Another late goal in Manchester prevented Chelsea from claiming some priceless spoils as they continue to struggle in their bid to squeeze the life out of the Premier League title race.
Few would be bold enough to oppose the Blues’ tiny 2/5 to hoist the top-tier crown, but this is more down to the inferiority of the competition, not their own imperiousness alone.
Manchester City were considered their only realistic rivals to land the richest domestic prize on offer at the start of the season and the Citizens’ incessant bumbling as they bid to keep pace allows Jose Mourinho’s men to prise open their lead at the summit inch by inch with every passing weekend.
Had Chelsea prevented Robin van Persie from equalising in stoppage time at Old Trafford though, City would find themselves a chunky eight points in arrears, while were it not for Frank Lampard’s 85th-minute leveller at the Etihad the deficit could be as bulky as 11.
But who or what is to blame for their early-season inability to seal important deals?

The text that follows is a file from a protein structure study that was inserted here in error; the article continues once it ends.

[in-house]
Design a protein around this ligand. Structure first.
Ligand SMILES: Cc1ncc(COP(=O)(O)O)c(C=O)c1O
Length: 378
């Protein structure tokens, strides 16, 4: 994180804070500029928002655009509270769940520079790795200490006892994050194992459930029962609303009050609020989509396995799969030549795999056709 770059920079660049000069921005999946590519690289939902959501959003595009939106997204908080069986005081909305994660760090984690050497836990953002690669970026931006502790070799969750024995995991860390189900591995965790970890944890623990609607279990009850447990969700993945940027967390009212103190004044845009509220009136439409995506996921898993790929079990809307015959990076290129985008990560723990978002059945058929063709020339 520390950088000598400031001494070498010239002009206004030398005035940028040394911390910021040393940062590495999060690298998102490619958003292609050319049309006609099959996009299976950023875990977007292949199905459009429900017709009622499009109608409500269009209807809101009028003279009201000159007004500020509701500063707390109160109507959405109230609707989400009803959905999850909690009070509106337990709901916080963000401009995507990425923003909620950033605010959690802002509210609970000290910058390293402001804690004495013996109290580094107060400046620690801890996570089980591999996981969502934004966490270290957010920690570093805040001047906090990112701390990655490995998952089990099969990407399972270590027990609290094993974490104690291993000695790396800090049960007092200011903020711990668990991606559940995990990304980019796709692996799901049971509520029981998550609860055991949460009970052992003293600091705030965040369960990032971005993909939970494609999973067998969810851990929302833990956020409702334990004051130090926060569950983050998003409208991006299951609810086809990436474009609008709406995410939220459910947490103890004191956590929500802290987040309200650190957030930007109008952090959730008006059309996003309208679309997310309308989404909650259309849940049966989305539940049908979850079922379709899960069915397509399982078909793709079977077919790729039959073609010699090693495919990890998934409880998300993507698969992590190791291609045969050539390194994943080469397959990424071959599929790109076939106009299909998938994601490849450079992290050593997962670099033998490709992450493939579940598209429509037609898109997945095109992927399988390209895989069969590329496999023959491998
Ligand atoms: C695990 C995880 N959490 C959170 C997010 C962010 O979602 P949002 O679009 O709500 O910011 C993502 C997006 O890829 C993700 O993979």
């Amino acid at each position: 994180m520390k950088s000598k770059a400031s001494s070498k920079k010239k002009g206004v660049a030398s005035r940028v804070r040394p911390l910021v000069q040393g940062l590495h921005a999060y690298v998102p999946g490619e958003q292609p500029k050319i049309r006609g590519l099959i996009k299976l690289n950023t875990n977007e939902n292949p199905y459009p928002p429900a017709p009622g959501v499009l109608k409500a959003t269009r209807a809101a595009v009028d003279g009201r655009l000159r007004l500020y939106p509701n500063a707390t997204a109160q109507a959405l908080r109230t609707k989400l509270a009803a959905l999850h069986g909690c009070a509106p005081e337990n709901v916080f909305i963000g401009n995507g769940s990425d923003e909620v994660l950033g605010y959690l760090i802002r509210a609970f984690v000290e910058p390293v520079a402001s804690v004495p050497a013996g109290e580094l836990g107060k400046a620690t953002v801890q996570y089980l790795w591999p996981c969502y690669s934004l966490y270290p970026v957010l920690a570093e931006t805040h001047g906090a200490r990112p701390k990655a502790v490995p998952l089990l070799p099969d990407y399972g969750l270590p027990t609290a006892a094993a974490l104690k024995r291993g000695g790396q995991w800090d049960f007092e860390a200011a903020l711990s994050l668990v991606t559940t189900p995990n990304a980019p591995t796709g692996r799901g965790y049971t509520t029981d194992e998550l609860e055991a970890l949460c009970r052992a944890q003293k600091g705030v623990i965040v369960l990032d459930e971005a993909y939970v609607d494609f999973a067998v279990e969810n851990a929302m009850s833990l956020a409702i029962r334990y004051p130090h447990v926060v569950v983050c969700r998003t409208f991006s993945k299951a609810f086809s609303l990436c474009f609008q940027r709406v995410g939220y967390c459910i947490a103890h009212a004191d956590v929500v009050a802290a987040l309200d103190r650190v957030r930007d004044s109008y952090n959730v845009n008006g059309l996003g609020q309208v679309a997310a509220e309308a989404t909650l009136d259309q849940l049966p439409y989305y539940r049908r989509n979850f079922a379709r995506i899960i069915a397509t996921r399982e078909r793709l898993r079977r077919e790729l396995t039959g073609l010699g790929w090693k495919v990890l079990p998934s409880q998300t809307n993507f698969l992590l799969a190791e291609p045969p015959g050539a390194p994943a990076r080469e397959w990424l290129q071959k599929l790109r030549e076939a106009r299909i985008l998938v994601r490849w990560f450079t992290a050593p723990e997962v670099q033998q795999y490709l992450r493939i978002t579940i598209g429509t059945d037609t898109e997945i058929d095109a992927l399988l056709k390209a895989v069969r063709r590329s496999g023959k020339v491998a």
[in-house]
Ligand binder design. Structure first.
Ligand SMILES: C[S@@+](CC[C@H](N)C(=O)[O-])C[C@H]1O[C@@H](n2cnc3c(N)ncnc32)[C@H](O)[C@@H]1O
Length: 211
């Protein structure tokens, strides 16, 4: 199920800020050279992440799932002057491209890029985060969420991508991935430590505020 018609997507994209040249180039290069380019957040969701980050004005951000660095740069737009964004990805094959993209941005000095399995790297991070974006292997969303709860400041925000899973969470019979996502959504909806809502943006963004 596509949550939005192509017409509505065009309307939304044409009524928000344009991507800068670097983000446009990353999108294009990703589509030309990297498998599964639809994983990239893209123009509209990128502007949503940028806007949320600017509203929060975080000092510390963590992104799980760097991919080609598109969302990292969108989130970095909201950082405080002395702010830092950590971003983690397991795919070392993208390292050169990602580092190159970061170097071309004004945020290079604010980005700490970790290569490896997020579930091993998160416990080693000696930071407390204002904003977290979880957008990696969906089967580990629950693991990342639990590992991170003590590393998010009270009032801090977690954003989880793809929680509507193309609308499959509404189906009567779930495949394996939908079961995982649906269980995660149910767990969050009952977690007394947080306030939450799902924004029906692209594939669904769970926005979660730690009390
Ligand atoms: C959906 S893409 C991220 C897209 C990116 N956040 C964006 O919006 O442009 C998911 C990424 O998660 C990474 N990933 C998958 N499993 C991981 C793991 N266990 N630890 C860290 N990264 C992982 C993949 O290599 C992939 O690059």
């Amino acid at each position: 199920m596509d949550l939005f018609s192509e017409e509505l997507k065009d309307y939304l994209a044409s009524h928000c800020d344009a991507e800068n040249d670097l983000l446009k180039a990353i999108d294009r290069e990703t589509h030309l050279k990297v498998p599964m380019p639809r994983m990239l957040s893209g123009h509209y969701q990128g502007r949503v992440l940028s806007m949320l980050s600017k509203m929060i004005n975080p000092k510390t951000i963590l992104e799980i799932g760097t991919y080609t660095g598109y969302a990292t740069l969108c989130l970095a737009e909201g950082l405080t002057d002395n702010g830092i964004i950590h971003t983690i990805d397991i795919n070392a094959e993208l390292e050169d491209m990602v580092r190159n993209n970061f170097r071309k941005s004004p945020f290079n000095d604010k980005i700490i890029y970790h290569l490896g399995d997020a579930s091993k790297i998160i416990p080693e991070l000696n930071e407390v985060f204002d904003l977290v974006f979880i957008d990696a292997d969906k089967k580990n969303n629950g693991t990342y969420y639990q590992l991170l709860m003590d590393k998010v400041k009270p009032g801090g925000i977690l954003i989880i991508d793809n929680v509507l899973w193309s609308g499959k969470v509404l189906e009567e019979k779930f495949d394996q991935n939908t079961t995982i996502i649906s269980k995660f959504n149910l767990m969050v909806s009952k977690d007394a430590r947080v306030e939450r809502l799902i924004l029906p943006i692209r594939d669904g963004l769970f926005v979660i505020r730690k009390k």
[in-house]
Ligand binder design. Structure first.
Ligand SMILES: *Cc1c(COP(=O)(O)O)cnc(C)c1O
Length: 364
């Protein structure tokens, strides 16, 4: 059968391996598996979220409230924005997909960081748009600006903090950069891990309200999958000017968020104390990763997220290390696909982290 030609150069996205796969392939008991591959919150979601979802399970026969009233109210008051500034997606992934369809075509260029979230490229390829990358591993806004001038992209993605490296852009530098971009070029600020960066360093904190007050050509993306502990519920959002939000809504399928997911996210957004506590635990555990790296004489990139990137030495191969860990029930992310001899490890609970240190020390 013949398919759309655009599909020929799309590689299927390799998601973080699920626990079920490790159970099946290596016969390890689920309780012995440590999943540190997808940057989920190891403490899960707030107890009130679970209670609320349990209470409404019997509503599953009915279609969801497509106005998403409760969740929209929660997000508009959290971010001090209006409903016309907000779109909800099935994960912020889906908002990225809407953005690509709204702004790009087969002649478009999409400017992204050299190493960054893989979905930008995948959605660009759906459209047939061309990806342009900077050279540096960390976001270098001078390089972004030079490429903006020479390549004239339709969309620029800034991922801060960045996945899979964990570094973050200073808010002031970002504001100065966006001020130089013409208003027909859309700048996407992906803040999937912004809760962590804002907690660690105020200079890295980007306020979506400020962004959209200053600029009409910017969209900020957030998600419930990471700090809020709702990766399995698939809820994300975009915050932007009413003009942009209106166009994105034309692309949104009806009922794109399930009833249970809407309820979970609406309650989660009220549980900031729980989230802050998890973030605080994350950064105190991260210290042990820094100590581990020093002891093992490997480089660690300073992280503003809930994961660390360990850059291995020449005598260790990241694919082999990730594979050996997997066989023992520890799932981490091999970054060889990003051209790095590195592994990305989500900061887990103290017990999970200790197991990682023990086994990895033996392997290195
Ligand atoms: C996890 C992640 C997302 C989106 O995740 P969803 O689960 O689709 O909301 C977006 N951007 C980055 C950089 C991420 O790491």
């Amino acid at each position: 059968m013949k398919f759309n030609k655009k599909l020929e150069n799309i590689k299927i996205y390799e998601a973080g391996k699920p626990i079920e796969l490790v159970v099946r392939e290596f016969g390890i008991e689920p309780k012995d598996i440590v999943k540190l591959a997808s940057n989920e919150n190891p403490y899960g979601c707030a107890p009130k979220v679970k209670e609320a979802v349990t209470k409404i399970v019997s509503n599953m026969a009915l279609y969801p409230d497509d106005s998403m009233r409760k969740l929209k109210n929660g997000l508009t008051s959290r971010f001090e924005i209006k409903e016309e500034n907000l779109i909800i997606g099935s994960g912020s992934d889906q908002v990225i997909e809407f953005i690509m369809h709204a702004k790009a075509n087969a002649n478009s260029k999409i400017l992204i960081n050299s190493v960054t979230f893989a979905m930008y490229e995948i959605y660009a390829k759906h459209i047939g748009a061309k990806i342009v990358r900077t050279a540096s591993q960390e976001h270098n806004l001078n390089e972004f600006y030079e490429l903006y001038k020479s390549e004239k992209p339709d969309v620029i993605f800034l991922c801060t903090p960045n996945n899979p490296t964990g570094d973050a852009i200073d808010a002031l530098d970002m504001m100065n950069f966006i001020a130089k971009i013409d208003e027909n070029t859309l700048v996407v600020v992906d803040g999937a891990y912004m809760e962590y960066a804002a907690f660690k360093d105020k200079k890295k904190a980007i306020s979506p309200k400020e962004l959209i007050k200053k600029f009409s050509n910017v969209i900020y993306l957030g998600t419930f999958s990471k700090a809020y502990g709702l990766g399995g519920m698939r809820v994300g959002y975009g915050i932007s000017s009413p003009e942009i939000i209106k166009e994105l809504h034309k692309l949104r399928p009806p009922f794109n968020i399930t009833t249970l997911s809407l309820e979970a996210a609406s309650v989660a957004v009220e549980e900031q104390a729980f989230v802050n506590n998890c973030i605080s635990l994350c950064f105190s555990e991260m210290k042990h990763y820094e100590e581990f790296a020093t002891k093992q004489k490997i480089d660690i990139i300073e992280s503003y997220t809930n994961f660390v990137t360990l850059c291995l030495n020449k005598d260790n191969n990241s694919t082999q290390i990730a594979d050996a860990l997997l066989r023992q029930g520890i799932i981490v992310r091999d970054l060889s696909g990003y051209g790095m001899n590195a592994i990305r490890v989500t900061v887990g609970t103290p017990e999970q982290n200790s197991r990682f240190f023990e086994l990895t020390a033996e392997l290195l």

Simply put, Mourinho.
Chelsea’s second-half showing at the Theatre of Dreams was exceptional; they were dominating proceedings and may well have scored more than the one they did.
With everything running smoothly then, why completely disrupt the momentum of the team by taking Oscar off and introducing John Obi Mikel?
Sure, the Nigerian is a more astute defender than his Brazilian counterpart, but the Blues didn’t need to baton down the hatches, they were coping just fine.
Had they scored one more the game was finished and they stood a much greater chance of doing so with Oscar on the field and Mikel off it.
Their Man City stalemate painted a similar picture.
Mikel was introduced just three minutes prior to the Citizens being reduced to ten men.
When Andre Schurrle scored five minutes after that, why were the west Londoners not looking to utilise their one-man advantage to score a second, game-killing goal?
Saturating pressure took precedent over springing counterattacks and the likes of Oscar and Loic Remy sat on the bench while two holding-midfielders attempted, fruitlessly, to see the result out.
When Chelsea are crowned champions at the end of the season, this nit-picking article will appear nothing other than a minor quibble, but consistently squandering vital leads is making life harder for the Blues and this could prove detrimental to their bid to win multiple competitions.